In December 2003, Japan banned U.S. beef and beef products after the confirmed detection of bovine spongiform encephalopathy, or BSE. Two years later in 2005, Japan gave back partial access for U.S. beef muscle and offal, the entrails and internal organs of an animal used for food, from cattle 20 months and younger. In 2013, Japan extended trade to less than 30 months of age. Later in April 2017, Japan remove its age-based test for BSE in their own cattle. This led the way for like policies on age-based restrictions to be lifted from BSE-risk trading partners, which include the United States, Canada and Ireland to just name a few.
Japan’s Food and Safety Commision decided Jan. 15, to eliminate the age restriction for beef from the United States, Canada and Ireland, as the beef from those countries were concluded to have no risk to human health. The USDA estimates this increased access to export to Japan will add $200 million annually. This is also an important step towards making trade with Japan more common, as well helps them align its imports with international standards for BSE.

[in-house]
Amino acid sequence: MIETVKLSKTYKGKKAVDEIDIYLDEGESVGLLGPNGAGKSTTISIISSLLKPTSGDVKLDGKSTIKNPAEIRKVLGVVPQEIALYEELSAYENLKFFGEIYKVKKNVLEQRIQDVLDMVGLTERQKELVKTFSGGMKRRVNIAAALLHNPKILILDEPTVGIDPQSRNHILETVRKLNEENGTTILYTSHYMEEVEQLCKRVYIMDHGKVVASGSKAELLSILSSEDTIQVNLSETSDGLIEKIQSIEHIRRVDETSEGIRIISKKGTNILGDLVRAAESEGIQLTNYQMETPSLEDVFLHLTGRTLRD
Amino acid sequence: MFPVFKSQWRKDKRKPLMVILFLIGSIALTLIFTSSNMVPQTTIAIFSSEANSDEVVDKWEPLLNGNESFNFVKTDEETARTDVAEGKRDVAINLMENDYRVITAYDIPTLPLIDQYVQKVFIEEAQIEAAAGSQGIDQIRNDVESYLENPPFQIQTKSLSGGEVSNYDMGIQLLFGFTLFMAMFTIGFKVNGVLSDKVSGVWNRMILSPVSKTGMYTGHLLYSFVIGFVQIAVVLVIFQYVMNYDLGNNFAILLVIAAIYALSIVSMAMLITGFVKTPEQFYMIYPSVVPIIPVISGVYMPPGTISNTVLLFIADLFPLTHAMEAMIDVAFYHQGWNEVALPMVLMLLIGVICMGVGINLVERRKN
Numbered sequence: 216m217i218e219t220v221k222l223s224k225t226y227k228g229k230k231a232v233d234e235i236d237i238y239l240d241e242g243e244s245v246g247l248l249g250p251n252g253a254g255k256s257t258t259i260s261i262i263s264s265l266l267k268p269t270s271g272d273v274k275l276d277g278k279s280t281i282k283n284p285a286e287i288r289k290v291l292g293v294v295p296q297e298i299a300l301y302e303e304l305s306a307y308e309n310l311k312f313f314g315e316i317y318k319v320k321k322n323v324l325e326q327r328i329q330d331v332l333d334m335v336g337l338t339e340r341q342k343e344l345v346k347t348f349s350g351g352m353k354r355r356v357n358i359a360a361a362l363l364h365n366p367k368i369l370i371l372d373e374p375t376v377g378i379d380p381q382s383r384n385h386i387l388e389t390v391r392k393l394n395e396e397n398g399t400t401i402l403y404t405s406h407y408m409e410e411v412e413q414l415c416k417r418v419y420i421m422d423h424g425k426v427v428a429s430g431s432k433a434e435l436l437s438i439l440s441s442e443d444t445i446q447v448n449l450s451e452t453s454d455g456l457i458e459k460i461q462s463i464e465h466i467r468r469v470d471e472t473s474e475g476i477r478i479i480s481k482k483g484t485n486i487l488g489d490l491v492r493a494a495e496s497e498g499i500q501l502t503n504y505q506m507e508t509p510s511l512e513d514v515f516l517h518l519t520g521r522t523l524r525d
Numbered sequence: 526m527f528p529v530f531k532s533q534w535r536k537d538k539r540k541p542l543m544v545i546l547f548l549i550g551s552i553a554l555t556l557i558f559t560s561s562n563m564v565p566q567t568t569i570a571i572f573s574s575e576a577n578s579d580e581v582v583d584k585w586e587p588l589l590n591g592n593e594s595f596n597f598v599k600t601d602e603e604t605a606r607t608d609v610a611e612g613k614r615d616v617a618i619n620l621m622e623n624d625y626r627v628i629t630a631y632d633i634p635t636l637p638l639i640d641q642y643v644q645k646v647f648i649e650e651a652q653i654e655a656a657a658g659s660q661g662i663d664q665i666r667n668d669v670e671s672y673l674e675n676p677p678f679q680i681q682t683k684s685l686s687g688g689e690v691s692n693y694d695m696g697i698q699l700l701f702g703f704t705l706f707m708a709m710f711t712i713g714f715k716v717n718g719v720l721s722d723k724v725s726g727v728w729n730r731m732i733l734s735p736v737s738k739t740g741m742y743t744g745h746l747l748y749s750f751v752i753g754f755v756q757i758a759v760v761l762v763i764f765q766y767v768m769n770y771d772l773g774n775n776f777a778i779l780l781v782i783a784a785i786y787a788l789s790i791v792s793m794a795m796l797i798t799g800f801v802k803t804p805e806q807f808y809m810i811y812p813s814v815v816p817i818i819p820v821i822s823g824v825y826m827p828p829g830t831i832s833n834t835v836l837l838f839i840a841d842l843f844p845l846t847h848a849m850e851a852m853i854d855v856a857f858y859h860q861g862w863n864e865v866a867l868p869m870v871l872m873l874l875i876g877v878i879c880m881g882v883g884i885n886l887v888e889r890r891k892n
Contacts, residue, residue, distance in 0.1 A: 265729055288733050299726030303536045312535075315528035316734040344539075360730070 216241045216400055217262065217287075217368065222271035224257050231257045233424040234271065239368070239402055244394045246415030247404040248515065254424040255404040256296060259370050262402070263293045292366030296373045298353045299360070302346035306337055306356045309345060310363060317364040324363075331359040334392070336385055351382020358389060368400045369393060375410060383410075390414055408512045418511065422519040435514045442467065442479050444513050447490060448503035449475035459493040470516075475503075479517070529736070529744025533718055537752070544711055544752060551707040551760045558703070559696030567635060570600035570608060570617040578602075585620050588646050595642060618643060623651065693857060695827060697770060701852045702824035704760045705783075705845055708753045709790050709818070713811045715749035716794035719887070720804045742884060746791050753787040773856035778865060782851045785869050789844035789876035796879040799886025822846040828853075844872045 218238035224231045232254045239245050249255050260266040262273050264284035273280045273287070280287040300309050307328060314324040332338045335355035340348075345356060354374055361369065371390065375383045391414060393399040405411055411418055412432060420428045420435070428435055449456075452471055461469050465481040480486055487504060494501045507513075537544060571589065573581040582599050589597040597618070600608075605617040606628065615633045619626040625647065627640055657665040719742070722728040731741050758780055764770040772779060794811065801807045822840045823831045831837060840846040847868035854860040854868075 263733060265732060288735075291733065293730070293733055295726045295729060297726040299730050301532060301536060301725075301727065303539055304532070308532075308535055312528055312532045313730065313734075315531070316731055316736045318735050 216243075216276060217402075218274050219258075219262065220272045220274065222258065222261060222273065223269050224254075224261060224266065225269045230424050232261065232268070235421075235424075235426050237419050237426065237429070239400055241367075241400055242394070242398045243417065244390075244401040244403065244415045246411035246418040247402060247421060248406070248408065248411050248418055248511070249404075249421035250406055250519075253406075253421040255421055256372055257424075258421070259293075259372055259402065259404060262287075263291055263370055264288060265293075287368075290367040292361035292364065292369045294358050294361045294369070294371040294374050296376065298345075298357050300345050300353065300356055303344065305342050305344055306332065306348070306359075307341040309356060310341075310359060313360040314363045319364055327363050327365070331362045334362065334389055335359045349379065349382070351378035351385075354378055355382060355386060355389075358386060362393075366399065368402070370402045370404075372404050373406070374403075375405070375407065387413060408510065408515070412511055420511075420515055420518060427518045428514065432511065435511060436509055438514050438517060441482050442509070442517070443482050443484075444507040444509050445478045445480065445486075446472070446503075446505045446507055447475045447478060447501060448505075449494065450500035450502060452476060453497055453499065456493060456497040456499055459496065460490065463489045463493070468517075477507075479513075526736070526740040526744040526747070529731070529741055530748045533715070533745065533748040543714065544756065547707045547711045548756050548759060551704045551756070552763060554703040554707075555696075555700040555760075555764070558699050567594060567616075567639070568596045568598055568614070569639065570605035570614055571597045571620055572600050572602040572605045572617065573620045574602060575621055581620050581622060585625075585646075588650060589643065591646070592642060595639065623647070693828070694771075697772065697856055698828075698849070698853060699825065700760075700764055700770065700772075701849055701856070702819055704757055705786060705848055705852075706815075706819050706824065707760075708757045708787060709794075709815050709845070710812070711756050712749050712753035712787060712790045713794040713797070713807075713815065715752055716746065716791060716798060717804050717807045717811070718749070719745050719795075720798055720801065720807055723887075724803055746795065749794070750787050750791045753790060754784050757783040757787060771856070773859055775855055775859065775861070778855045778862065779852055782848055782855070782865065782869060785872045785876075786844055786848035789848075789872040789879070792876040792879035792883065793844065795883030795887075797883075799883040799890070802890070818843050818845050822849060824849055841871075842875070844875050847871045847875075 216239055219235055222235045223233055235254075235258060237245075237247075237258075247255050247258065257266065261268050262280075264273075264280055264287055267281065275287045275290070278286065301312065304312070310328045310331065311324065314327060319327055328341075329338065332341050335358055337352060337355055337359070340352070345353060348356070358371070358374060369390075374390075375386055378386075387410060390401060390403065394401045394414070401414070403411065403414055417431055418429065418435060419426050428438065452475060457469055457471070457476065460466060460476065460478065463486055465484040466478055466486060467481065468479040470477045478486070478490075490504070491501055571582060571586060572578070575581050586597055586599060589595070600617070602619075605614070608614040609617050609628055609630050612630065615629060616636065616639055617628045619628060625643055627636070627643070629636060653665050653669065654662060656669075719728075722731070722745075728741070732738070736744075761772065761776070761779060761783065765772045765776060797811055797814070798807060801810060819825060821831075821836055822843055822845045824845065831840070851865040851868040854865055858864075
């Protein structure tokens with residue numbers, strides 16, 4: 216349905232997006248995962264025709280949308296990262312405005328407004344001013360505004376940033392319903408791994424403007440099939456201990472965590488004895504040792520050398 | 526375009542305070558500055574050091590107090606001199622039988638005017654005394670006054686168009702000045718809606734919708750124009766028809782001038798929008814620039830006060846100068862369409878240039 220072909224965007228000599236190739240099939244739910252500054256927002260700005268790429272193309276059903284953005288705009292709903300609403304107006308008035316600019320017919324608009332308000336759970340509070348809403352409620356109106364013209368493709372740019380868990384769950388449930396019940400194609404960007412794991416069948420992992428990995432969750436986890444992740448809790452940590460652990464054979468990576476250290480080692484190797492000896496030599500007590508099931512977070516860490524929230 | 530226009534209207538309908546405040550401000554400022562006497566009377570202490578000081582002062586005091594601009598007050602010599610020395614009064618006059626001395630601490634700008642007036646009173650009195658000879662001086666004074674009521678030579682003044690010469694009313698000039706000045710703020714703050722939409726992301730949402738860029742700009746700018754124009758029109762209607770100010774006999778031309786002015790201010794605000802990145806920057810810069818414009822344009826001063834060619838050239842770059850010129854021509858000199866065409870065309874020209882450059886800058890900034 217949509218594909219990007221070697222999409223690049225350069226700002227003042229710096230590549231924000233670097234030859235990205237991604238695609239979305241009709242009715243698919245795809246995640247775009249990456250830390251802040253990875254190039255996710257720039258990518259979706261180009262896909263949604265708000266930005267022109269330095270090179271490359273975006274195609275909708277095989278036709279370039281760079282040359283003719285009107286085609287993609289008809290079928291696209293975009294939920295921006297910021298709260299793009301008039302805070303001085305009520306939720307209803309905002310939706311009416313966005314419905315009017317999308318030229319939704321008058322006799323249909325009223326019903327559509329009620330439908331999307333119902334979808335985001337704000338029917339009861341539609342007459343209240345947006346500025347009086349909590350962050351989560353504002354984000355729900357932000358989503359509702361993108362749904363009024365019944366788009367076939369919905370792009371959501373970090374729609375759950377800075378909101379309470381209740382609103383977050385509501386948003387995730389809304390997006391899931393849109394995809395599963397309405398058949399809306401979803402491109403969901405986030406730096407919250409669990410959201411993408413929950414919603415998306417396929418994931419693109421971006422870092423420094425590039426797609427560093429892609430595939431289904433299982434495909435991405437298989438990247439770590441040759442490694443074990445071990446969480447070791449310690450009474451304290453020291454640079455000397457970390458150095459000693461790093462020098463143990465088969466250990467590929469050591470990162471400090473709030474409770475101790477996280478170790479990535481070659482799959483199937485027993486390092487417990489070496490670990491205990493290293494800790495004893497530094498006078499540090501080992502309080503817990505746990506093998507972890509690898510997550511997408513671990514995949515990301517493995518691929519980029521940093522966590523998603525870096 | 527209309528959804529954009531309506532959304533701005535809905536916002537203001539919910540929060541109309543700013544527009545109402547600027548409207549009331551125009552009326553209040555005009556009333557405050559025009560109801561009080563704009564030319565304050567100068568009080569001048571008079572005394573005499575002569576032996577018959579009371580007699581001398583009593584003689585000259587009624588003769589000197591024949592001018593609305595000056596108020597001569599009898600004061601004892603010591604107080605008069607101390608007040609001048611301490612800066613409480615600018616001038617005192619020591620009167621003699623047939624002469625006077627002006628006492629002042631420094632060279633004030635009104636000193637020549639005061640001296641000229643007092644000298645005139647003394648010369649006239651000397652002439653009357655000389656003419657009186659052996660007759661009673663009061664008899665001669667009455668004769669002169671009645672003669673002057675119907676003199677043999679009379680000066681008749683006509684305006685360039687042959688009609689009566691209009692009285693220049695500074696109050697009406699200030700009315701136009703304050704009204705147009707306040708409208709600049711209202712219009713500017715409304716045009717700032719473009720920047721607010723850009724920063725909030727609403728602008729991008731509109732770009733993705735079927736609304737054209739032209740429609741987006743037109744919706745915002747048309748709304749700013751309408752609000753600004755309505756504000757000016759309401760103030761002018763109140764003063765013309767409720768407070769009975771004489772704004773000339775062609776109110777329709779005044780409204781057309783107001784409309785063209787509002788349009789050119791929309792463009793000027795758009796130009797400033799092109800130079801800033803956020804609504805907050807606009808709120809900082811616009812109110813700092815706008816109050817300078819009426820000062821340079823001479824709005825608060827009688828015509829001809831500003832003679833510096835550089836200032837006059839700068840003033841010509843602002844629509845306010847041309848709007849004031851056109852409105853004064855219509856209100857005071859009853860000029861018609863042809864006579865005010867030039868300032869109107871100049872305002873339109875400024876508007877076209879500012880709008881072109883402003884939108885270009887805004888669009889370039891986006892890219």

“This is great news for American Ranchers and exporters who now have full access to the Japanese market for their high-quality, safe, wholesome, and delicious U.S. beef,” agriculture secretary Sonny Perdue stated. “We are hopeful that Japan’s decision will help lead other markets around the world toward science-based policies.”
Schiereck is the El Dorado Springs FFA historian.